Big dolphin or small whale? Dead mammal found on Kāpiti beach identified

The body of what has now been identified as a risso's dolphin on Waikanae Beach, on the Kāpiti Coast.
JOEL MAXWELL/STUFF

The body of what has now been identified as a risso's dolphin on Waikanae Beach, on the Kāpiti Coast.

It was a lonely death: the waves floating its body to the high-tide mark, a few metres from the dunes that marked the end of the beach.

The battered body of a 2.5-metre marine mammal was found washed ashore at Waikanae Beach, north of Wellington, on Tuesday.

Department of Conservation staff and local iwi were alerted, and the animal was later identified as a Risso's dolphin – the same species as Pelorus Jack, famous for meeting and escorting ships through a stretch of water in the Cook Strait, between 1888 and 1912.

The marine mammal was washed ashore at the high tide mark, very near the northern end of the beach.
JOEL MAXWELL/STUFF

The marine mammal was washed ashore at the high tide mark, very near the northern end of the beach.

What was less clear was how the dolphin died.  "It could be related to underlying illness or old age. No sign of injury was seen," biodiversity senior ranger Brent Tandy said.

READ MORE: Humpback washes ashore in Kapiti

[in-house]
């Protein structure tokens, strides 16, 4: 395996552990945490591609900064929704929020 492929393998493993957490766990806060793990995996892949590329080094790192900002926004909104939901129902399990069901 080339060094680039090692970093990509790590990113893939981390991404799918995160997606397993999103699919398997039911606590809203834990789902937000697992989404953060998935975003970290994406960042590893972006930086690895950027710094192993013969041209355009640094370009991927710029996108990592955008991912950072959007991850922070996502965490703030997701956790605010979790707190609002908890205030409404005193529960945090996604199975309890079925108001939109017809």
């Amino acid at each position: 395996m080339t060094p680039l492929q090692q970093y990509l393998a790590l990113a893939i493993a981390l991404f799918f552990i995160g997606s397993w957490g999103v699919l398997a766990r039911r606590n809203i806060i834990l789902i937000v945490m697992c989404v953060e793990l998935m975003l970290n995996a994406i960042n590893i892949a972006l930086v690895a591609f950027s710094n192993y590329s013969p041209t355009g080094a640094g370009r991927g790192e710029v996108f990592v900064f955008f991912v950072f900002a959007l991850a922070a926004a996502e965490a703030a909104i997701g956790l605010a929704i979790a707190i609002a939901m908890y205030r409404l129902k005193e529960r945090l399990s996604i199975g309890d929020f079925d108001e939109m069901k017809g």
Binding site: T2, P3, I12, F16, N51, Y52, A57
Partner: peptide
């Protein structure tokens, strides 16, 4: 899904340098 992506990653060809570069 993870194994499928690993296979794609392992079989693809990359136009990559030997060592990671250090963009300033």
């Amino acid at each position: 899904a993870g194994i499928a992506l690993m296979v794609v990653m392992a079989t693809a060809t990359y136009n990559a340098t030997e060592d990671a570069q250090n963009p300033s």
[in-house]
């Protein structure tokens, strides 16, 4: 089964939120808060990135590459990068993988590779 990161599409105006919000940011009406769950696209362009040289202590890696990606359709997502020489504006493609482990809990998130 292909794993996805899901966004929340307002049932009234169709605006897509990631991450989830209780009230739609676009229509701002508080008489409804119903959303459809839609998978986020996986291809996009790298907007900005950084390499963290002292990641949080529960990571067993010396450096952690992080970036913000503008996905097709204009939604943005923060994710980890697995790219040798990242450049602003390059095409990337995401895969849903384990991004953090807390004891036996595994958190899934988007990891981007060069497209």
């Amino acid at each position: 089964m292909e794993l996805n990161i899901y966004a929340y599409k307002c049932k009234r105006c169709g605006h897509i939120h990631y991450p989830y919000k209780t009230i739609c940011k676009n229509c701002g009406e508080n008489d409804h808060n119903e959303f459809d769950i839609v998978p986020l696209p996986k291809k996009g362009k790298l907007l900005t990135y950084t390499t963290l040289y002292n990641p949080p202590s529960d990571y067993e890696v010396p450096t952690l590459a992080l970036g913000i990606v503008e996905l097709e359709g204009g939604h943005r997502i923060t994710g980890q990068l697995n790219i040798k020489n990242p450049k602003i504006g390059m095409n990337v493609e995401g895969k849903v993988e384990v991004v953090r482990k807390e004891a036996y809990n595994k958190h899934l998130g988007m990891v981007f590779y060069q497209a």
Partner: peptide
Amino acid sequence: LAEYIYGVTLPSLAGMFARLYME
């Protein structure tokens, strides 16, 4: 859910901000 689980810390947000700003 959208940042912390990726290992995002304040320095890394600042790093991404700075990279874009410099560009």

Measurements were taken of the dolphin for comparison within the species, and to assess its age and condition.

Beach walkers get a surprise at the sight of the 2.5-metre-long creature.
JOEL MAXWELL/STUFF

Beach walkers get a surprise at the sight of the 2.5-metre-long creature.

"A small skin sample is taken for a tissue sample database that can be used for DNA analysis," Tandy said.

Risso's dolphins are not considered endangered, and can be found in the temperate and tropical zones of all the world's oceans. It is listed on the International Union for Conservation of Nature's Red List as being of "least concern" worldwide, which is the lowest risk category.

Tandy said the dolphin would be buried on the beach.

DOC staff examine and measure the corpse before formally identifying it.
JOEL MAXWELL/STUFF

DOC staff examine and measure the corpse before formally identifying it.

Te Ātiawa ki Whakarongotai Charitable Trust environmental consultant Mahina-a-rangi Baker said wherever the dolphin was buried, the iwi would be a kaitiaki, or guardian. "Just make sure it's resting with dignity and well protected."

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In 2014 a  humpback whale about 10 metres long washed ashore on Waikanae Beach, several kilometres to the south.

 - Stuff

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